States vary as to how and when a landlord may evict a tenant for nonpayment of rent. For example, under Pennsylvania eviction laws for nonpayment of rent, the tenant has ten days to pay the rent or move before the landlord can file for eviction. In Texas, however, a landlord can start the process to evict a tenant for not paying rent the very day after rent is due.
This article summarizes the basic rules and procedures for evicting tenants for nonpayment of rent under the Texas State Property Code.
Rent is typically due on the first day of the month, regardless of whether this is a weekend or holiday, unless different terms are specified in the lease or rental agreement. For example, a Texas rental agreement may provide that the rent will be due on the next business day if the first of the month or other specified rent due date falls on a weekend or holiday.
Unless otherwise agreed to in the lease or rental agreement, rent is considered late the day after it is due. For example, if the tenant does not pay rent that is due on the first of the month, the landlord can start the eviction process on the second.
In some states, when given an eviction notice, tenants have the option to either pay the late rent or move out of the rental unit. If the tenant pays the rent, then the eviction proceedings do not continue. In Texas, the landlord gets to decide whether the tenant has the option to pay the rent or move out.
If the landlord chooses to give the tenant the option to pay the late rent, then the landlord must notify the tenant in writing that the tenant owes rent. This notification must happen before the landlord gives the tenant an eviction notice, called Notice to Vacate. If the landlord provides this notice to the tenant, then the Notice to Vacate can give the tenant the option to either pay the rent or move out. If the tenant pays the rent, then the eviction proceedings will not continue (see Tex. Prop. Code Ann. §24.005(i)).
If the landlord does not send notice to the tenant about owing rent before sending the tenant a Notice to Vacate, then the only option that will be available to the tenant in the Notice to Vacate is to move out.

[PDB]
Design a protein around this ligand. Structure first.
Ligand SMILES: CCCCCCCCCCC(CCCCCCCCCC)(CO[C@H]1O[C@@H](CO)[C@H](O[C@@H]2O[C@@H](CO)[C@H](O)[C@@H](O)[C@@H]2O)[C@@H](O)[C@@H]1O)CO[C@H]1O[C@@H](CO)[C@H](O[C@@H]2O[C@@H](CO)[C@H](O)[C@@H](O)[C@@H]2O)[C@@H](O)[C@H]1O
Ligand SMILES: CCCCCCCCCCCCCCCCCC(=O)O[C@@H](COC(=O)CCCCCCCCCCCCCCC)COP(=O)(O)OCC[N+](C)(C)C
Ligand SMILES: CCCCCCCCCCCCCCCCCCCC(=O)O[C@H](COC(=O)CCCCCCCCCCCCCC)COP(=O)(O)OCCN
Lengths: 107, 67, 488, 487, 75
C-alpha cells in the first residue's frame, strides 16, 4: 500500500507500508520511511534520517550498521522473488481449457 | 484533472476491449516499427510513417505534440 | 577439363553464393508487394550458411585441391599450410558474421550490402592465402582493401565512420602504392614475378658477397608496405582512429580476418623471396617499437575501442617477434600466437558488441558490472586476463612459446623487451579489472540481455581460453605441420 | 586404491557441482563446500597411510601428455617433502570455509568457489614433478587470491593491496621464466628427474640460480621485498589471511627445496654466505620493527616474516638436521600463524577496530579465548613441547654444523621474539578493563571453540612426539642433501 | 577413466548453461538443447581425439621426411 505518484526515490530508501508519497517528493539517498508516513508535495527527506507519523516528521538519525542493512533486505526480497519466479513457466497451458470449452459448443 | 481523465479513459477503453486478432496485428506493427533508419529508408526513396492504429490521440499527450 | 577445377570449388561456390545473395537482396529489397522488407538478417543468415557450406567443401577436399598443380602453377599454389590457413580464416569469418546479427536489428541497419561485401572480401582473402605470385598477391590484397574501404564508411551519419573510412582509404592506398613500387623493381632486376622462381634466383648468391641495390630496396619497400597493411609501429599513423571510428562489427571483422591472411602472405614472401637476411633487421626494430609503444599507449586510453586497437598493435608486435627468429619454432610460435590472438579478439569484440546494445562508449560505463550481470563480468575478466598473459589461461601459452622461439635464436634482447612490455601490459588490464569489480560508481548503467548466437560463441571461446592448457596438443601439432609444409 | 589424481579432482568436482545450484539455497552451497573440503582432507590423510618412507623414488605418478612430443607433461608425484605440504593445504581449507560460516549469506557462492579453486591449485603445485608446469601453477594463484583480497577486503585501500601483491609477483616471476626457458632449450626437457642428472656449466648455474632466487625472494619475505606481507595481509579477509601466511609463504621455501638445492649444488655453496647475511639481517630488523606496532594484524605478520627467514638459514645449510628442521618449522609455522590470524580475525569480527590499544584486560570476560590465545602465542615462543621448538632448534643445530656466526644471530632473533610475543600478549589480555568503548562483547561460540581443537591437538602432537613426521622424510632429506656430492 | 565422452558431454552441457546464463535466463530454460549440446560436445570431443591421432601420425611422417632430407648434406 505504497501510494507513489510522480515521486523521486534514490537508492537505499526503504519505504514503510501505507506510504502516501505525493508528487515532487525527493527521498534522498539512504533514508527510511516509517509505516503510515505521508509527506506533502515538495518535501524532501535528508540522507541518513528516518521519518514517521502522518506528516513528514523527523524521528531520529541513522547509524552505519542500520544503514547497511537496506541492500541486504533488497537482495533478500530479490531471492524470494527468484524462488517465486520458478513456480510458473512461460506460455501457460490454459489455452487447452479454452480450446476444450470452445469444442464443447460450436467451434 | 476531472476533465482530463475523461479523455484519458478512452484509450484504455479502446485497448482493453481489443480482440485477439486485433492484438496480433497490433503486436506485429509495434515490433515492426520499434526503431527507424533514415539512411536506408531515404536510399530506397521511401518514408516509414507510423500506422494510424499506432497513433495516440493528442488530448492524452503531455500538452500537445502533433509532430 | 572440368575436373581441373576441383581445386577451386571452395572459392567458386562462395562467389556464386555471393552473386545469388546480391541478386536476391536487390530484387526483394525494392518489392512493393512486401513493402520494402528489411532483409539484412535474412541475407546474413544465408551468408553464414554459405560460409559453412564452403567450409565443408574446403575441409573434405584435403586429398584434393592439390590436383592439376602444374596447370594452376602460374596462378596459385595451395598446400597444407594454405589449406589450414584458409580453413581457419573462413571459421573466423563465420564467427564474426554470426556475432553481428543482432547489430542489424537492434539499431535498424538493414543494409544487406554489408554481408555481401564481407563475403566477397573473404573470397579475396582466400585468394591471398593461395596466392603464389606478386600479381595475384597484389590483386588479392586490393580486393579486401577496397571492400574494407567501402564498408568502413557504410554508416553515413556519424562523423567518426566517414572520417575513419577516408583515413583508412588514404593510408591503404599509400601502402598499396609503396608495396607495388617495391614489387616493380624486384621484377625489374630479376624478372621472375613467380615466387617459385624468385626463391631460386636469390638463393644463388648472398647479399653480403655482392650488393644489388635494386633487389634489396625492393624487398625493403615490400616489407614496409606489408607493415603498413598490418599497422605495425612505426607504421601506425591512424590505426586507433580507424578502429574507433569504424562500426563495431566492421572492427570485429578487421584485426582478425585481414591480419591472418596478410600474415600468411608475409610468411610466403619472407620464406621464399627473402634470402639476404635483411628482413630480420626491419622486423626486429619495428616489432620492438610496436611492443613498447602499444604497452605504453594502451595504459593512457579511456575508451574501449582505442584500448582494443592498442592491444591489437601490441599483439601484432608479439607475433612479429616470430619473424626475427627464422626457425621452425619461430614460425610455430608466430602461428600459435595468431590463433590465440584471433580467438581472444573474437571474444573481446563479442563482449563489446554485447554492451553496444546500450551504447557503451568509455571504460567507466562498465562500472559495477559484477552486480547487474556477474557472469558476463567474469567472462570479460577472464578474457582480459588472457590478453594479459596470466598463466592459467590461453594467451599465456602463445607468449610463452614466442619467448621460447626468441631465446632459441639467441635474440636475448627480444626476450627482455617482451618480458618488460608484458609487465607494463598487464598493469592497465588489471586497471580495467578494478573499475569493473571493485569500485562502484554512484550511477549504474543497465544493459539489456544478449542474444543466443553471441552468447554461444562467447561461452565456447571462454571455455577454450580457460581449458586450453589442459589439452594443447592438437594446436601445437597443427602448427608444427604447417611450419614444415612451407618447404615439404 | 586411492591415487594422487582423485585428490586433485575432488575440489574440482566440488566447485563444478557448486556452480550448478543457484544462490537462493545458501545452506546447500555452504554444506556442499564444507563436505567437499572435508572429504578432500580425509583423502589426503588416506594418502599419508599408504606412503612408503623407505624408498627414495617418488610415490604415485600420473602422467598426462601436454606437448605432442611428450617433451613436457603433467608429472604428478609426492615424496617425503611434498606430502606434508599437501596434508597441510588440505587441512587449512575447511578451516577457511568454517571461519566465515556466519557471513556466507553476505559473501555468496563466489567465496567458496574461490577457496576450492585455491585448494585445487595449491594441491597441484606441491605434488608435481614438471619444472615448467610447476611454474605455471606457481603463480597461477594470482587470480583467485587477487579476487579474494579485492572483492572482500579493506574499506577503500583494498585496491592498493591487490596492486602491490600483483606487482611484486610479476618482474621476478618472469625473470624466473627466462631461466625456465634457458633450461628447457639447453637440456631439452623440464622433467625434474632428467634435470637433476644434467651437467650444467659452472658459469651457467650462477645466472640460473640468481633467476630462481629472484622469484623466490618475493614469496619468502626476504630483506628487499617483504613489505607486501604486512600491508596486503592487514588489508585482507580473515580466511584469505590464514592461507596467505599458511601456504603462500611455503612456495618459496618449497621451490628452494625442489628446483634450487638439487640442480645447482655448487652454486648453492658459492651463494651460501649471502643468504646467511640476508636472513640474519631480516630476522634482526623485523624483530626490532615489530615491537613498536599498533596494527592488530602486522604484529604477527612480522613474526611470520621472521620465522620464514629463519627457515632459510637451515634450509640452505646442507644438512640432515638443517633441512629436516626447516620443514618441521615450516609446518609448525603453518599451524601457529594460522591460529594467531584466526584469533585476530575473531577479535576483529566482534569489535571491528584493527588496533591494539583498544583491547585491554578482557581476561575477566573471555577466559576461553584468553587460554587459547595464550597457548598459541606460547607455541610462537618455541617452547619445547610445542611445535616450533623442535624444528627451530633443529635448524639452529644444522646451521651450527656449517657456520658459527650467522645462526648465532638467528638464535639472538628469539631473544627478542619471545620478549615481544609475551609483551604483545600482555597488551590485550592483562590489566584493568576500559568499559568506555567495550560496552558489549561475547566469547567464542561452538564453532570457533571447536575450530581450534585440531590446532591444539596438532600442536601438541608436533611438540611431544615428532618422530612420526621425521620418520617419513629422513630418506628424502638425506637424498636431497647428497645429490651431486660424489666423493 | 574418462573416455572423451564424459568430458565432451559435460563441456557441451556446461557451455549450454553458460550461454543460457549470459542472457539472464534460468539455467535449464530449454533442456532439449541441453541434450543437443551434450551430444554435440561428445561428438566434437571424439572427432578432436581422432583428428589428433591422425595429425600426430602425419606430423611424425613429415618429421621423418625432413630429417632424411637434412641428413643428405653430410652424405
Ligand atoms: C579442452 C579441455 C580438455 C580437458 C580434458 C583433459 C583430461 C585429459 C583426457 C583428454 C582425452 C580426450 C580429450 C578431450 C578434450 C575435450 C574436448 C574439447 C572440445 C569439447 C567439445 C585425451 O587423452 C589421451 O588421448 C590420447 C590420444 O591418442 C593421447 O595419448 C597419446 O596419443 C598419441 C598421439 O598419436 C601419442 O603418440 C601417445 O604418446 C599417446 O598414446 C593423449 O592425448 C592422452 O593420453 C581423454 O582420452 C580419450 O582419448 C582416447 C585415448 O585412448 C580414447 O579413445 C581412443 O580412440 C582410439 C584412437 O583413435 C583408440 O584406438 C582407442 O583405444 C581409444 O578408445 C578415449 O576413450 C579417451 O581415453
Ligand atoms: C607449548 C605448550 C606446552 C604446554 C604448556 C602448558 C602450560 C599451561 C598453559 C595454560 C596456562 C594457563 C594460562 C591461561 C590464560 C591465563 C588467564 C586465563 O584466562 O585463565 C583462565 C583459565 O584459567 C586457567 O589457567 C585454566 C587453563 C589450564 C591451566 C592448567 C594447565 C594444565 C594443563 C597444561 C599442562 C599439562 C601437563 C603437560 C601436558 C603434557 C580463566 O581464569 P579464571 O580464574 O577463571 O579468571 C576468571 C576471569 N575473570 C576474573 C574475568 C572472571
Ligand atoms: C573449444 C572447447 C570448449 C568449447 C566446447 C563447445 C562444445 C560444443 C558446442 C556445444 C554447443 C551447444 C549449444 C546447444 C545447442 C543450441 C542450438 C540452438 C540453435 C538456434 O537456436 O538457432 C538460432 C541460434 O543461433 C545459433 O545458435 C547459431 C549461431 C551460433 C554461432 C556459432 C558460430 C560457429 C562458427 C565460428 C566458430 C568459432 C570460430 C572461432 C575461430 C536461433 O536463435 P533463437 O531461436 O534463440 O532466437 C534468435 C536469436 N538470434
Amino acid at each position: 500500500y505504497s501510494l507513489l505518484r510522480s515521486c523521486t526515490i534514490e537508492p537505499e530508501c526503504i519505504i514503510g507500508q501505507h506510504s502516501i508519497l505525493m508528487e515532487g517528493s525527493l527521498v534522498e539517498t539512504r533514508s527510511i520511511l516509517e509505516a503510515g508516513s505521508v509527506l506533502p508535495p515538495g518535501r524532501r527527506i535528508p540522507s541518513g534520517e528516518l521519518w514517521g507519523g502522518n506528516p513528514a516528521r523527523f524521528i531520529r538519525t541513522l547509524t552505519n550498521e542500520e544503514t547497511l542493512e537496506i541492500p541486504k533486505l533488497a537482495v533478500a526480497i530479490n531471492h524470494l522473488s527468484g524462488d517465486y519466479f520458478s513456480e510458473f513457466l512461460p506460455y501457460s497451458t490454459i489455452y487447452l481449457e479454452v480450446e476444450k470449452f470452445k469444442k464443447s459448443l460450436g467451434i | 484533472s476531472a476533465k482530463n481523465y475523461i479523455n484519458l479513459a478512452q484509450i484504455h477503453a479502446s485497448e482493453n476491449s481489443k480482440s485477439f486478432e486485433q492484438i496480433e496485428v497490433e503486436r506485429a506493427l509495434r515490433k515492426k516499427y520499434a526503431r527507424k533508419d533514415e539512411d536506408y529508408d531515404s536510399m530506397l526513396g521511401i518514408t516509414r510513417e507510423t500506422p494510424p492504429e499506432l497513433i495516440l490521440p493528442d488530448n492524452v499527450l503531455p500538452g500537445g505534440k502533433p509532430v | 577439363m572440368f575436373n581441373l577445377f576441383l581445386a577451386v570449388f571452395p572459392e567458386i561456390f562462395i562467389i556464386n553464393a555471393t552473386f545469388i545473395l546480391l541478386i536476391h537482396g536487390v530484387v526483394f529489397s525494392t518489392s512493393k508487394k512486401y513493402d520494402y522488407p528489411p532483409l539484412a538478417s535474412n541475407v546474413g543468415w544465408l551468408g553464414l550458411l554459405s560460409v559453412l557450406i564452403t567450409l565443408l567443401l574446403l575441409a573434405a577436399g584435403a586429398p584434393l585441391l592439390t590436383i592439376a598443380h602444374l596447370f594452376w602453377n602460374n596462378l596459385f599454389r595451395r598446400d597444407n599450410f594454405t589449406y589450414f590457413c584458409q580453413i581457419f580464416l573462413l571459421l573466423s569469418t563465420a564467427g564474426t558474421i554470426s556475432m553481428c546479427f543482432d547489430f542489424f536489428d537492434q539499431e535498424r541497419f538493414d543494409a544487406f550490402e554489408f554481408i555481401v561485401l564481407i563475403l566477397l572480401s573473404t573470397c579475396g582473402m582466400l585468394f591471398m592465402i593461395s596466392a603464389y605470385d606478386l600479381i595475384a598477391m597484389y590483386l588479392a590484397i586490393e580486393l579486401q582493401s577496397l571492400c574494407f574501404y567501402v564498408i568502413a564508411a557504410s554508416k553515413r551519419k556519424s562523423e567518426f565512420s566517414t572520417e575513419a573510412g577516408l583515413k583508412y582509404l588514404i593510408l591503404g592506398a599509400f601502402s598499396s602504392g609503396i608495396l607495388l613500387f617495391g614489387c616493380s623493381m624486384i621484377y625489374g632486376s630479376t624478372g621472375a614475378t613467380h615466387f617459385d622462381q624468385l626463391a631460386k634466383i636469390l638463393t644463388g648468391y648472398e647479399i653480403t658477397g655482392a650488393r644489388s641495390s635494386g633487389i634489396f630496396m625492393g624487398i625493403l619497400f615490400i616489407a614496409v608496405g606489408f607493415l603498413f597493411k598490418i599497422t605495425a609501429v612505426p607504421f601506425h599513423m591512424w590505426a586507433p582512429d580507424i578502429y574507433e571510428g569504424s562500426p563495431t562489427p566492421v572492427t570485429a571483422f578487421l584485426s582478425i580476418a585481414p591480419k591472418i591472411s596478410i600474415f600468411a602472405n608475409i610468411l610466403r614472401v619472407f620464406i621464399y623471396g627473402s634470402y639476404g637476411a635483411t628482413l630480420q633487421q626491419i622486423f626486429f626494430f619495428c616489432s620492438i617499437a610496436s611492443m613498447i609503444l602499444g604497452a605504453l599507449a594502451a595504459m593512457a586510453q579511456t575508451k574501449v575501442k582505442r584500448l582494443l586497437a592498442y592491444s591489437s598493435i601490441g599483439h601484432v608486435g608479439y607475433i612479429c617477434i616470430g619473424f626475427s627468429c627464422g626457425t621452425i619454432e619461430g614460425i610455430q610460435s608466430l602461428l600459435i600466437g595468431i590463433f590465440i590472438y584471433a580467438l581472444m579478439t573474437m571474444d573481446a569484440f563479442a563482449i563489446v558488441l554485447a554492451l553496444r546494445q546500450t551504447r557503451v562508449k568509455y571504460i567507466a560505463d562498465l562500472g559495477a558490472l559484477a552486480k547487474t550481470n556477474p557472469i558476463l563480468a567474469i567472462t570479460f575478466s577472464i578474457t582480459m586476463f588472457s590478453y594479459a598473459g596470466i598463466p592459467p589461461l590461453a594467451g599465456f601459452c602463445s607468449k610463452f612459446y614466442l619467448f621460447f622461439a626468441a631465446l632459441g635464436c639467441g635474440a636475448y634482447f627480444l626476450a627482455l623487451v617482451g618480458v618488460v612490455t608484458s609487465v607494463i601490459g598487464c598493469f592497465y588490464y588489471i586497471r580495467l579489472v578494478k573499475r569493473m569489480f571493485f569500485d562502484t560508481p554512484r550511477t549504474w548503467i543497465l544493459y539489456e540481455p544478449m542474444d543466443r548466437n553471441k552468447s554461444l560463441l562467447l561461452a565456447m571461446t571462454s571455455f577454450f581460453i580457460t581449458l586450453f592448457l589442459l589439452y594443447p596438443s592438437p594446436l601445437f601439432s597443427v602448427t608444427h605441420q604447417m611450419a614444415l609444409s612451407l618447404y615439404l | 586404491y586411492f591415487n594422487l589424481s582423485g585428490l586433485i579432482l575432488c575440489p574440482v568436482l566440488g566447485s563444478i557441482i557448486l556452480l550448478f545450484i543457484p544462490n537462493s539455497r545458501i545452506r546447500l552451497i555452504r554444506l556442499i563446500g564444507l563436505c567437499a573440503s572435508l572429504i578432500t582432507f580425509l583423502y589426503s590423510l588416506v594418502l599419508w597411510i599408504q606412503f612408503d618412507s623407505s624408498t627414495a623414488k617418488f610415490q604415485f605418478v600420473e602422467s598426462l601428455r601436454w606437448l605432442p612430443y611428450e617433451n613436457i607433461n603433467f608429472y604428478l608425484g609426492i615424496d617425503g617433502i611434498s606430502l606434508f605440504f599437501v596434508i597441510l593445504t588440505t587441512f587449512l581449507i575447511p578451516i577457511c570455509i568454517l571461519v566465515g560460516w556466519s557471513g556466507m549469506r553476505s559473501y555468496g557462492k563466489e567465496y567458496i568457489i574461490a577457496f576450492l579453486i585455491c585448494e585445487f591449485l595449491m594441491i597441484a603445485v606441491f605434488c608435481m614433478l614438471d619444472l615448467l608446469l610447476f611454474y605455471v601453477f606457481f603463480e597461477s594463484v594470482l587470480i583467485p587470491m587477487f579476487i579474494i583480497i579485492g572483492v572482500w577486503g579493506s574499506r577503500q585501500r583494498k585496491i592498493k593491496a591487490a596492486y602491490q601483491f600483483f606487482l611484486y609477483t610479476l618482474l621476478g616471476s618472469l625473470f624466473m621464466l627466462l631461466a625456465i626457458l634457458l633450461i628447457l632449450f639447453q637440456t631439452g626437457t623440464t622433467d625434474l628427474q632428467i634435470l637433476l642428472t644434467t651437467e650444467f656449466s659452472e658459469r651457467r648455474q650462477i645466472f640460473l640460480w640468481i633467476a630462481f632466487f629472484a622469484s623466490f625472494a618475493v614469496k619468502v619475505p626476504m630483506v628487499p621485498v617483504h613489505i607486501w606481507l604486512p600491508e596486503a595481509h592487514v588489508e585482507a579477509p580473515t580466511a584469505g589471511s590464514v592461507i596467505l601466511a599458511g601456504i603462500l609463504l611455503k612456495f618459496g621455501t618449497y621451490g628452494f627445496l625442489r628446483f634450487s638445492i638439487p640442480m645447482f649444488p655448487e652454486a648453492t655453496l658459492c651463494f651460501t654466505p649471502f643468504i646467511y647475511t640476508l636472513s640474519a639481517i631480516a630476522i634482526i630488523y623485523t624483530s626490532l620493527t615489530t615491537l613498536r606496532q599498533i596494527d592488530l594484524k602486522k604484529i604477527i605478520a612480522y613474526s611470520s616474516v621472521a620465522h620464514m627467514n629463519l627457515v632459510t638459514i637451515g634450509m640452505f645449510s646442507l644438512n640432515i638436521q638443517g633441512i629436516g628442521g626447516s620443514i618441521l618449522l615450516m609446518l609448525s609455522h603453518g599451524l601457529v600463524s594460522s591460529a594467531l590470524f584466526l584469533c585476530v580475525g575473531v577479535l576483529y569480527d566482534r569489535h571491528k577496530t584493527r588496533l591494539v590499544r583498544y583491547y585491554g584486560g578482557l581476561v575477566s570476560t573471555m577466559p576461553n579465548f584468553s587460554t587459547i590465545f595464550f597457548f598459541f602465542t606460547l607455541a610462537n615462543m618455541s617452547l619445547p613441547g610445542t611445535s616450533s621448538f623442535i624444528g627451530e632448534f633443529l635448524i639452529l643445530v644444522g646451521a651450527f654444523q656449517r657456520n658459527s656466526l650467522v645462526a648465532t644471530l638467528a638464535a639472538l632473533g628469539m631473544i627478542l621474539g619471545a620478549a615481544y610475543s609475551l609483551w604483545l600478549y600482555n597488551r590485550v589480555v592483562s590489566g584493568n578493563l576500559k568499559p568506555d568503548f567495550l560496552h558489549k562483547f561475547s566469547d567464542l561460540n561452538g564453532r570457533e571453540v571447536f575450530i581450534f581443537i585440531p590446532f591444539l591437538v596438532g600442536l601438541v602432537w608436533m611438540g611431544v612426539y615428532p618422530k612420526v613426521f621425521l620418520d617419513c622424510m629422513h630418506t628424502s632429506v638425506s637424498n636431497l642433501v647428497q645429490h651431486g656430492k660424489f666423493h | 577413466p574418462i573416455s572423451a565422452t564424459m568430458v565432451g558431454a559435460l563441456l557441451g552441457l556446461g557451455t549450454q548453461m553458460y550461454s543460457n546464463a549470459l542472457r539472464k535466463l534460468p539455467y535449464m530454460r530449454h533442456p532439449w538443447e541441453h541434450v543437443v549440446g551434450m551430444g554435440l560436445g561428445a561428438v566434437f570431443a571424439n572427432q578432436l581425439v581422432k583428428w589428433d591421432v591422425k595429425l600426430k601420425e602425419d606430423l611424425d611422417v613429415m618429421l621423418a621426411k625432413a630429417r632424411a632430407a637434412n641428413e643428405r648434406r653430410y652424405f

Under Texas property laws (Tex. Prop. Code Ann. §92.019), a landlord must provide at least a one-day grace period before charging a tenant late fee. But under state law, there is no grace period before a landlord can give a tenant an eviction notice for failure to pay rent. This means that a landlord can give a tenant an eviction notice the day after rent is due).
Once the landlord gives the tenant a Notice to Vacate, the tenant has three days to pay the rent (if that option is available to the tenant) or leave the rental property. The three days begin on the date the notice is delivered to the tenant. Weekends and holidays are included in the three-day period. Under state property law (Tex. Prop. Code Ann. § §24.005(a) and (g)), the lease or rental agreement may allow for a longer or shorter time period than three days, in which case that time period must be followed.
The Notice to Vacate must be in writing, and include the following information:
If the tenant has the option to pay rent, then the notice must also include a statement that the tenant has three days to either pay the rent due and owing or move out.
If an eviction notice is missing key information, such as the time and date the tenant must be moved out of the rental unit, then the eviction notice will not be considered valid and the three days' notice will not start. The landlord would then have to give a new notice to the tenant, restarting the three-day timeline, and the notice would have to include all of the information listed above.
Landlords in Texas have four options for serving a Notice to Vacate under Tex. Prop. Code Ann. §24.005(f):
1. The landlord, or an agent of the landlord, can personally give the notice to the tenant or to someone who is 16 years or older who lives in the rental property.
2. The landlord can post the notice on the inside of the front door of the rental unit. The landlord can only use this option if the landlord is able to enter the premises legally, for example, with a key.
3. The landlord can mail a copy of the Notice to Vacate by regular mail, registered mail, or certified mail. If the landlord mails the notice, then the landlord needs to request a return receipt.
4. If the rental property does not have a mailbox to receive mail and the landlord cannot legally enter the rental unit to post the notice inside the front door, then the notice can be posted on the outside of the front door of the property. If the tenant has a dangerous animal, such as a guard dog, or an alarm system, that prohibits the landlord from entering the property, then the notice can be securely posted on the front gate or other visible portion of the main entry to the rental property.
If the landlord does not serve the notice properly, then the landlord must create a new notice and start the process over. The three days' notice will not be in effect until the landlord serves the tenant in one of the ways listed above.
What happens next depends on the tenant’s response to the eviction notice:
The landlord must successfully win the forcible detainer case in the court before an officer of the law can legally take possession of the property. It is very important that landlords do not engage in "self-help" practices (such as changing the locks or shutting off the utilities) and that they follow the procedures for filing the forcible detainer complaint.
More information about filing the complaint in justice court can be found in Tex. Prop. Code Ann. § §24.0051–24.0061.
For more articles on landlord-tenant laws in Texas, including illegal eviction procedures and tenant rights to withhold rent, see the Texas charts in the State Landlord-Tenant Laws section of the Nolo site. For more on eviction-related articles, see the Evicting a Tenant or Ending a Lease section of the Nolo site.